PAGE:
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Apr 1, 2009, 10:08:01 AM4/1/09

to

Dear all ;

I wrote a program which has a bug when the value of u is greater than

1.4.

when I tried to find the bug for values of y greater than 1.4 I saw an

strange point :

u=0.D0

do while (u.lt.20.D0)

.

.

.

print*,u, y

if (u==1.4D0) print*,"ok"

.

.

.

u=u+0.1D0

end do

------------------------

the output:

0.00000000000000 -0.900316316157106

0.100000000000000 -0.896557866215700

0.200000000000000 -0.892752298842229

0.300000000000000 -0.889009961947742

0.400000000000000 -0.885300844120634

0.500000000000000 -0.881608066131983

0.600000000000000 -0.877943572939470

0.700000000000000 -0.874308949879819

0.800000000000000 -0.870674660655724

0.900000000000000 -0.867096152952160

1.00000000000000 -0.863546597445969

1.10000000000000 -0.860024078786788

1.20000000000000 -0.856526008002337

1.30000000000000 -0.853103843918795

1.40000000000000 -0.849649287329888

but the program cannot print "ok" while it prints u=1.40000000000000 .

why???

I have got confused. Is there anyone can help me?

Thanks

Apr 1, 2009, 10:27:54 AM4/1/09

to

The detailed immediate problem is that 1.4d0 and 14.0d0 * 0.1d0 are different

numbers. They do not compare equal as you have tested then.

The real error is that you do not understand the technical issues of floating

point computation, otherwise know as finite precision computation. The problem

is that 0.1d0 is a notational fiction as there is no such number in binary

floating point. Ask google for "What every computer scientist should know about

floating point arithmetic" by Goldberg as supplied by Sun. Excellent paper.

0.1 would be a nonterminating repeating fraction in binary as so is only

approximated in finite precision.

One quick fix is to multiply every thing by 10 to get integers if you are

only interested in multiples of 0.1. Depending upon what you real intent

is there are other fixes.

Apr 1, 2009, 10:27:13 AM4/1/09

to

Fatemeh wrote:

> Dear all ;

>

> I wrote a program which has a bug when the value of u is greater than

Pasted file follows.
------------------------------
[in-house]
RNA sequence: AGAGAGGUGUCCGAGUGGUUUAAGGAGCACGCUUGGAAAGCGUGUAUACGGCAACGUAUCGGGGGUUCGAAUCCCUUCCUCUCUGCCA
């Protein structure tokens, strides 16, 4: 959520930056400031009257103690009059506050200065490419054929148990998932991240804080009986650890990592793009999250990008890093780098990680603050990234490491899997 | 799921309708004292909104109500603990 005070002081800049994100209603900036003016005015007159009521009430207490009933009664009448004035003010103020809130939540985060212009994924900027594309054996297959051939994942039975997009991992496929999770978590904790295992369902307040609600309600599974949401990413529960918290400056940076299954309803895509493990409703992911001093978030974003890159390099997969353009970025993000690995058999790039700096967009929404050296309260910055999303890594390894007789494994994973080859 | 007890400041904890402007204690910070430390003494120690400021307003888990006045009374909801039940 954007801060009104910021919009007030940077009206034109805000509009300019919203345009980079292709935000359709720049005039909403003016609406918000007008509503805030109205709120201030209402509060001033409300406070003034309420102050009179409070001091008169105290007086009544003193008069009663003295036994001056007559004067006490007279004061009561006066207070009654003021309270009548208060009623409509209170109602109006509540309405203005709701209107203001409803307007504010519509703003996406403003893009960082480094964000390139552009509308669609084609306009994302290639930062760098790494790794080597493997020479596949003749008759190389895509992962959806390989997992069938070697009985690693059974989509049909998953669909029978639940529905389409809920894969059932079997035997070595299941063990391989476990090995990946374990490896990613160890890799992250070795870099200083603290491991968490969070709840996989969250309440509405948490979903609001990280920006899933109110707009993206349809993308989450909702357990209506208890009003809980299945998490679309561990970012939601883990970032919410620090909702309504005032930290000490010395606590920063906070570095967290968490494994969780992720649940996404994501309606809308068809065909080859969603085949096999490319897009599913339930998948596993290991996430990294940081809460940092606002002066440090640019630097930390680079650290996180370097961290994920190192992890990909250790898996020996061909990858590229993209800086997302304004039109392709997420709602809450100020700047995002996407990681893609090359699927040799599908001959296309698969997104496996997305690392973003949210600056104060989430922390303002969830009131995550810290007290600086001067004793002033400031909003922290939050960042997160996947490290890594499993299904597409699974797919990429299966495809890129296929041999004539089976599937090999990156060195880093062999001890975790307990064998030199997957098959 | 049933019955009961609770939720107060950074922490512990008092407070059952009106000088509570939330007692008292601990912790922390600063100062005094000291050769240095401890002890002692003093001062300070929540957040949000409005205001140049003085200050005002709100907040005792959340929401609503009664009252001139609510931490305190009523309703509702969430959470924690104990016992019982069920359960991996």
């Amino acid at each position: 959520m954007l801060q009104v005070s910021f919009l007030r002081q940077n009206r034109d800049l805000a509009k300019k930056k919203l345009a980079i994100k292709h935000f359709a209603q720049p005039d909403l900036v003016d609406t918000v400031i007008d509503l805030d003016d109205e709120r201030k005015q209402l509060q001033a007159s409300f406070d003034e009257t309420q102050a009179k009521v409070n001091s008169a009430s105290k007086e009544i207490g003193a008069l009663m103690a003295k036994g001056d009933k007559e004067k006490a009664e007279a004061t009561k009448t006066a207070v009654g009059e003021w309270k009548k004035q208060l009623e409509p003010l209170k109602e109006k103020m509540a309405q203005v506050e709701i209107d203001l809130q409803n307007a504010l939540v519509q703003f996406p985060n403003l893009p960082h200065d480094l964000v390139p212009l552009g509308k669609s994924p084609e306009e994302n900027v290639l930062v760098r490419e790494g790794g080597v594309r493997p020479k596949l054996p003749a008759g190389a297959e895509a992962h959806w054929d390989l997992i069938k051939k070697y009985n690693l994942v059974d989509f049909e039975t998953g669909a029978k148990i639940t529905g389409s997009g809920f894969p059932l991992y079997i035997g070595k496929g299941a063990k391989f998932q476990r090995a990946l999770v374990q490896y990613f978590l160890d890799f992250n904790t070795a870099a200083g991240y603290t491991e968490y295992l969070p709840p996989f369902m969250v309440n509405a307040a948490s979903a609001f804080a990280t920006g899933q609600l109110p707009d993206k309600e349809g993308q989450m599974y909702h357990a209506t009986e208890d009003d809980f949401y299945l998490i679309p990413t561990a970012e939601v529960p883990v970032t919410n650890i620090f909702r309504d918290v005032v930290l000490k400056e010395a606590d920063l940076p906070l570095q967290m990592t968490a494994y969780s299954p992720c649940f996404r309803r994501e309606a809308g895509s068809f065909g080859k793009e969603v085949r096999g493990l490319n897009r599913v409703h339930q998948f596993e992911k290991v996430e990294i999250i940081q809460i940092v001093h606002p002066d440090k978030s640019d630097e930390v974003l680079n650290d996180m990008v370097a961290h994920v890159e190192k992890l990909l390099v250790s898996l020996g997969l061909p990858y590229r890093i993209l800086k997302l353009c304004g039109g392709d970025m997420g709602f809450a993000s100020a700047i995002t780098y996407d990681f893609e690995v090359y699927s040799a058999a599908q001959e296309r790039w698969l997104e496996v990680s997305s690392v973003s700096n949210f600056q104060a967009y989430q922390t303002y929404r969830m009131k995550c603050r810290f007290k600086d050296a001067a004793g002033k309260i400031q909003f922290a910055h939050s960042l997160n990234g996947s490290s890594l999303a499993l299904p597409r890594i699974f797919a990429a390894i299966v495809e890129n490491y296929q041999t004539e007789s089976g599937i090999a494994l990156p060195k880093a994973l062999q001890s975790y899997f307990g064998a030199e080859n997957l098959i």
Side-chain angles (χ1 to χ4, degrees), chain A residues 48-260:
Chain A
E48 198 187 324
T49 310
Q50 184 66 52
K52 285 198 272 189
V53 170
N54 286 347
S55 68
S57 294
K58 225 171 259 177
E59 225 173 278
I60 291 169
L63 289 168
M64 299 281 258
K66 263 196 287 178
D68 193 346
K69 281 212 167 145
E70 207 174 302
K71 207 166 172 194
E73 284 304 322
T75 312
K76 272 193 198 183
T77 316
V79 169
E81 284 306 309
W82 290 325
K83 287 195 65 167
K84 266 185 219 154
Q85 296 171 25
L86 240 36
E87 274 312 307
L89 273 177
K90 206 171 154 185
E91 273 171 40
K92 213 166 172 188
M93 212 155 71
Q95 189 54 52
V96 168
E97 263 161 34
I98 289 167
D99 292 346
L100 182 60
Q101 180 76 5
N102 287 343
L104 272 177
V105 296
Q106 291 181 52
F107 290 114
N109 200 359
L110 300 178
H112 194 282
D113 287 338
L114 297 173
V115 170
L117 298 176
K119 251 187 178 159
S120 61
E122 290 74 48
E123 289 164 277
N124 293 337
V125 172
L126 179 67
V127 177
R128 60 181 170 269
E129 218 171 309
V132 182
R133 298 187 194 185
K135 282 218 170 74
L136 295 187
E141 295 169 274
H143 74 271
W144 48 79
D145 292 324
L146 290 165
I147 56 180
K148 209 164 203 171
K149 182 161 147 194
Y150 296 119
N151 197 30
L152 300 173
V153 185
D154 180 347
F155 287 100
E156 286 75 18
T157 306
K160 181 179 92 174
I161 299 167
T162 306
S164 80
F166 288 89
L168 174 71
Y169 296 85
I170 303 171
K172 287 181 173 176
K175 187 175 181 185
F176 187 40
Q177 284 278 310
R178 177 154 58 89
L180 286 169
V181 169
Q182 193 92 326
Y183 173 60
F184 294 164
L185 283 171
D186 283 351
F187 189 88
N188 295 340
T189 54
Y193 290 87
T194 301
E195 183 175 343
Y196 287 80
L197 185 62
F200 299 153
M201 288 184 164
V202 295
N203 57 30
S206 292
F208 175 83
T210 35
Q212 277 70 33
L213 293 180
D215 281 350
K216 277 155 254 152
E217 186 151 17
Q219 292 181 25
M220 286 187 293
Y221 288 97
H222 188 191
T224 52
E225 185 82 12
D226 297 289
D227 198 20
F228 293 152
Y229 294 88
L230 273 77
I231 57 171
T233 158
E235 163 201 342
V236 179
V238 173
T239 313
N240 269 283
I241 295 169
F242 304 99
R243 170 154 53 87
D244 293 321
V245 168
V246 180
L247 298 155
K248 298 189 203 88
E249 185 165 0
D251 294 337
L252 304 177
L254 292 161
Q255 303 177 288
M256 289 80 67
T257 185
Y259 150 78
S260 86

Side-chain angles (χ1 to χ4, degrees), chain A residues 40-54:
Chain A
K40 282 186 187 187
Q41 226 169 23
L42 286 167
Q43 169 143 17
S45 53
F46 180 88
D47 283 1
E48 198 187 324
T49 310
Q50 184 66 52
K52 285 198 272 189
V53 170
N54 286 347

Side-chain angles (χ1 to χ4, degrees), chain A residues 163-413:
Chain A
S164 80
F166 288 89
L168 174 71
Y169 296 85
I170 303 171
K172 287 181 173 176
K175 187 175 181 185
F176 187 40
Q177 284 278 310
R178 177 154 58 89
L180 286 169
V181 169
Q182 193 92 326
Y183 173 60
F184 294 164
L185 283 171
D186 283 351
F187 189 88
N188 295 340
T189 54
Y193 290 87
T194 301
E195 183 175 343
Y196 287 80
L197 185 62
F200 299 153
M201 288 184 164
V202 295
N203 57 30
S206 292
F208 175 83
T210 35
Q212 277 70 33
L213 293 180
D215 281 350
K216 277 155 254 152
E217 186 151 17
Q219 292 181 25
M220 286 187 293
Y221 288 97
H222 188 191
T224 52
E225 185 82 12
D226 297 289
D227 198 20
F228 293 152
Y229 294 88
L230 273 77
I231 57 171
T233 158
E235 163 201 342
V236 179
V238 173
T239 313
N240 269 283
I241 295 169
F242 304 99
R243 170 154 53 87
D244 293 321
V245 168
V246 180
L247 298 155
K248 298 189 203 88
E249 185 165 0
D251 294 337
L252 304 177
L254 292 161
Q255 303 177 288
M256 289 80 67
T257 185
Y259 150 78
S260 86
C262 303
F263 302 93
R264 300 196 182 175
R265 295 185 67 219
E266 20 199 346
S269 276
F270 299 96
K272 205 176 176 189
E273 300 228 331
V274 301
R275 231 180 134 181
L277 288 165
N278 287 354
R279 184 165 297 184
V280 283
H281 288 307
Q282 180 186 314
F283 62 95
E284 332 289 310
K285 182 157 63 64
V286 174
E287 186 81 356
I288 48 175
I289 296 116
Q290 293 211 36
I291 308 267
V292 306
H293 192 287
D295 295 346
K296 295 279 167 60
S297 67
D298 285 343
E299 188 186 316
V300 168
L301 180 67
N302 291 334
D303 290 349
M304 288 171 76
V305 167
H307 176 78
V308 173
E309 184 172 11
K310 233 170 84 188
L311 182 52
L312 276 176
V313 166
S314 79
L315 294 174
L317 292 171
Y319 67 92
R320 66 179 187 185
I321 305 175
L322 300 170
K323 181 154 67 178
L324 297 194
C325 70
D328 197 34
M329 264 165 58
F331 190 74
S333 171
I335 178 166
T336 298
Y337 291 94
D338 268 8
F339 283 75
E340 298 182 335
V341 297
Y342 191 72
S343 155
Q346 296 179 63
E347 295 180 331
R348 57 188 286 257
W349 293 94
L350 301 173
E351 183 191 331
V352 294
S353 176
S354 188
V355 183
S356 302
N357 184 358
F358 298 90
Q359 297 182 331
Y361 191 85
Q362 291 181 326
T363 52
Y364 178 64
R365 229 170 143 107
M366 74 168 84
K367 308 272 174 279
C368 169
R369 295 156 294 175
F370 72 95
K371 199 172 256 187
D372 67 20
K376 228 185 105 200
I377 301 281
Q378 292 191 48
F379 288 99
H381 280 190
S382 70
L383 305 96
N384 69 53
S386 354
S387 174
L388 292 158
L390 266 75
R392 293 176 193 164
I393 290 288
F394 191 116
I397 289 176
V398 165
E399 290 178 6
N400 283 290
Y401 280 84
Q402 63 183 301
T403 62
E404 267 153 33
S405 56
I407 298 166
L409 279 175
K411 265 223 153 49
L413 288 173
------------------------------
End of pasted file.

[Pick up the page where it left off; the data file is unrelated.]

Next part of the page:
> 1.4.

> when I tried to find the bug for values of y greater than 1.4 I saw an

> strange point :

>

> u=0.D0

>

> do while (u.lt.20.D0)

> .

> .

> .

> print*,u, y

> if (u==1.4D0) print*,"ok"

>

> Dear all ;

>

> I wrote a program which has a bug when the value of u is greater than

> 1.4.

> when I tried to find the bug for values of y greater than 1.4 I saw an

> strange point :

>

> u=0.D0

>

> do while (u.lt.20.D0)

> .

> .

> .

> print*,u, y

> if (u==1.4D0) print*,"ok"

>

> but the program cannot print "ok" while it prints u=1.40000000000000 .

> why???

>

> I have got confused. Is there anyone can help me?

> why???

>

> I have got confused. Is there anyone can help me?

This is probably the single most frequently asked question concerning

computing in general: the short answer is "because computer's floating-

point arithmetics is NOT exact, and not the same as mathematics real

number arithmetics".

For a longer answer, please read, for example,

There are many similar tutorials on the web, and even several books

on the subject. Please get familiar with the concept, if you plan

to do engineering computing for living.

--

Jugoslav

www.xeffort.com

Please reply to the newsgroup.

You can find my real e-mail on my home page above.

Apr 1, 2009, 10:28:10 AM4/1/09

to

The classic problem of floating-point data: a finite binary

representation

is not capable of exactly representing 1.4, just a finite decimal

representation

can not represent 1/3 exactly.

You need to define a small margin, like:

if (abs(u-1.4D0) < 2.0*epsilon(u)*1.4d0) print*,"ok"

where epsilon() is a standard function returning the smallest number E

such that 1 and 1+E can be distinguished.

It has everything to do with the finite precision of computers.

Regards,

Arjen

Apr 1, 2009, 11:46:45 AM4/1/09

to

Fatemeh wrote:

> Dear all ;

>

> I wrote a program which has a bug when the value of u is greater

> than 1.4.

> when I tried to find the bug for values of y greater than 1.4 I

> saw an strange point :

>

> u=0.D0

>

> do while (u.lt.20.D0)

> .

> .

> .

> print*,u, y

> if (u==1.4D0) print*,"ok"

> .

> .

> .

> u=u+0.1D0

> end do

> ------------------------

> the output:

<--CUT-->

> but the program cannot print "ok" while it prints

> u=1.40000000000000 . why???

>

> I have got confused. Is there anyone can help me?

>

> Thanks

Try this simpler example:

program testFloat

real*8 X

character*3 C

data C/'1.4'/

read(C,*)X

if(X.eq.1.4)then

write(*,*)' Equal'

else

write(*,*)' Not Equal'

endif

end

Run it and see what it prints and compare to what you expect. Change the '1.4' on line-6 to '1.4d0' and try again.Then, do enough reading to make your expections more often in agreement with what the computer gives.

-- mecej4

Apr 1, 2009, 11:51:11 AM4/1/09

to

In article

<bd511e22-1b33-4f3c...@j39g2000yqn.googlegroups.com>,